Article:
Illinois Local Government Energy Conservation Act: A Tool for Municipalities to Modernize Infrastructures

Small municipalities in Illinois often face the challenge of aging infrastructure, with no budget to make improvements.

But there is a tool that they can use  to turn their aging infrastructure woes around, it’s called Energy Performance Contracting in Illinois.

With this tool, drafty windows and doors, aging  boilers and other HVAC equipment all can be replaced or repaired.  Advanced Building Automation systems can be installed to control and modernize their buildings and public spaces, making the community safer and their staff more comfortable and productive. Through an Energy Performance Contract, this can all be done without the need for capital or incurring debt.

Energy Performance Contracting in Illinois falls under the state Local Government Energy Conservation Act, and the official code is 50 ILCS 515.

This innovative financial agreement helps municipals design, install and fund energy systems optimization projects by using the energy savings to pay for the project costs over a set term, explained Orry Cummings, an account executive at an energy systems optimization firm.

“Energy Performance Contracting in Illinois allows municipalities to keep their debt ceiling intact, not raise taxes and yet still get the improvements they need to run their community efficiently,” Cummings said.

The program has completed over $144.6 million in upgrades with annual utility savings of over $17.2 million per year since its inception in 2005. Most of these efficiency projects were completed for large government entities.

Energy Performance Contracting in Illinois is the tool needed to help the vast number of small local government entities ignored by massive energy services companies (ESCOs). Traditional ESCOs have a track record of only deploying large scale projects that have a minimum project size requirement that is in excess of tens of millions of dollars.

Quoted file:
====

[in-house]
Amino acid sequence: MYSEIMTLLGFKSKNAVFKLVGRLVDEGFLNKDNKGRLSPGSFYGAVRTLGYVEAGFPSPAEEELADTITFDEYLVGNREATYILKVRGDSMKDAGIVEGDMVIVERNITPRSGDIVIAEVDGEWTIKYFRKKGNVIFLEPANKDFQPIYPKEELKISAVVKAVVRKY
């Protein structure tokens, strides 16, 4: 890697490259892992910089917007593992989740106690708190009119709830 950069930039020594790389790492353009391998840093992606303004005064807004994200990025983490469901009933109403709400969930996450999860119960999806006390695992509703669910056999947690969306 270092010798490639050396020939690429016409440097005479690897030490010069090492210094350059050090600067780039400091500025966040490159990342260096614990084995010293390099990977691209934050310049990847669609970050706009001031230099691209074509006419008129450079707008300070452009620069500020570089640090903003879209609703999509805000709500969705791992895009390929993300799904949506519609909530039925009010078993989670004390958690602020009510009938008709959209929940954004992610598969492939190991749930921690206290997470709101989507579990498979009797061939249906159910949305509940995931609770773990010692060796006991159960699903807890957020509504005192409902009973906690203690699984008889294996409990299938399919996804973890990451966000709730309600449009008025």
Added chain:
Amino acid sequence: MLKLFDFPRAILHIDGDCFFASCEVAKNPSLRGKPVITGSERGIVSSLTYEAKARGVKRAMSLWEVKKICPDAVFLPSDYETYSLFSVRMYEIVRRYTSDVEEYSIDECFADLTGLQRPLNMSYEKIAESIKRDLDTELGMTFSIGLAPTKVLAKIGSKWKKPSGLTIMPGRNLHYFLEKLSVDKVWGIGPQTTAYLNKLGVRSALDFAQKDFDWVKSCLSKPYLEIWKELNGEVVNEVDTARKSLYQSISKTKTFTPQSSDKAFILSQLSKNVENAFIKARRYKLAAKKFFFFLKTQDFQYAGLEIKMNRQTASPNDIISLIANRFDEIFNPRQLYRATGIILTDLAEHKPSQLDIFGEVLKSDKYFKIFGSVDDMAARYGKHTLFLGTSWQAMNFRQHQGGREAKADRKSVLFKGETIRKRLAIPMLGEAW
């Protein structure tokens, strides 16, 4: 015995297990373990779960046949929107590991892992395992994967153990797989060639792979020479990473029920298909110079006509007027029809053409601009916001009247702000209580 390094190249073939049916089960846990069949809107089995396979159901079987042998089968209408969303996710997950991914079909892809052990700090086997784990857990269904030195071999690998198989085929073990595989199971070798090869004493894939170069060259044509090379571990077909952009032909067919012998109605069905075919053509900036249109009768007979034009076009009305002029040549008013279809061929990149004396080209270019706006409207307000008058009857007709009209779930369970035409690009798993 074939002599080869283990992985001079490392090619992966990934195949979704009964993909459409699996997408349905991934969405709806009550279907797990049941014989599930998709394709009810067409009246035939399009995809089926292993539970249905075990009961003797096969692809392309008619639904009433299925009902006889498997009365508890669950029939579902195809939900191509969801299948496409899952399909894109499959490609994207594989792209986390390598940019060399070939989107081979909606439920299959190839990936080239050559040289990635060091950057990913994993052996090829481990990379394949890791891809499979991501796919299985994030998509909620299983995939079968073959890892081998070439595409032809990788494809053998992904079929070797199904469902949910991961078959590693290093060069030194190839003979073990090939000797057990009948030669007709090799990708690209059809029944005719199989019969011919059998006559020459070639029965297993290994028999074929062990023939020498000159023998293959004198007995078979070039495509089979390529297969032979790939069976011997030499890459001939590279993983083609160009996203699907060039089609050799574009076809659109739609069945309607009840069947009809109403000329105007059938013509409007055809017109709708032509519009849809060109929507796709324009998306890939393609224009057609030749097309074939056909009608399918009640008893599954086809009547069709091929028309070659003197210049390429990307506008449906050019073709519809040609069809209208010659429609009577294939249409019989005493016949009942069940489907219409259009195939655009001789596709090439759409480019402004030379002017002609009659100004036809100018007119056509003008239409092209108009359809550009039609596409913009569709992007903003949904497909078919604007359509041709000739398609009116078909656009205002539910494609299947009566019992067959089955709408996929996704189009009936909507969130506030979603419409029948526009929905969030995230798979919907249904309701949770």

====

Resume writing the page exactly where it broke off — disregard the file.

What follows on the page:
By partnering with an energy systems optimization firm that has experience working with organizations of all sizes, from a small library to a large jail, and knows the ins and outs of performance contracting, small government entities will achieve efficiency solutions that fit their exact needs.

According to the State of Illinois Energy Performance Contracting website, agreements are typically ten years in length, implemented only by qualified energy contractors, adaptable to site specific needs and best suited for facilities that have the following characteristics:

  • Stable use of the facility for the next five to ten years
  • Minimal availability of funds for energy related capital improvements
  • Have accomplished minimal energy efficiency upgrades over the past ten years

From the process, municipals can expect the following:

  • Thorough assessment of how your facility uses energy and manages energy cost
  • Recommendation of all technically and economically viable energy conservation measures for inclusion in project scope
  • Ability to negotiate specific project scope, terms and conditions, etc. in the Energy Services Agreement
  • Annual savings in the range of 20 percent to 30 percent of the utility cost at your facility
  • Capital investment of one to two times the utility cost at your facility
  • The opportunity to utilize existing expenditures to “buy” the project

About the author: Orry Cummings is an account executive at SmartWatt with a degree in engineering from Worcester Polytechnic Institute.

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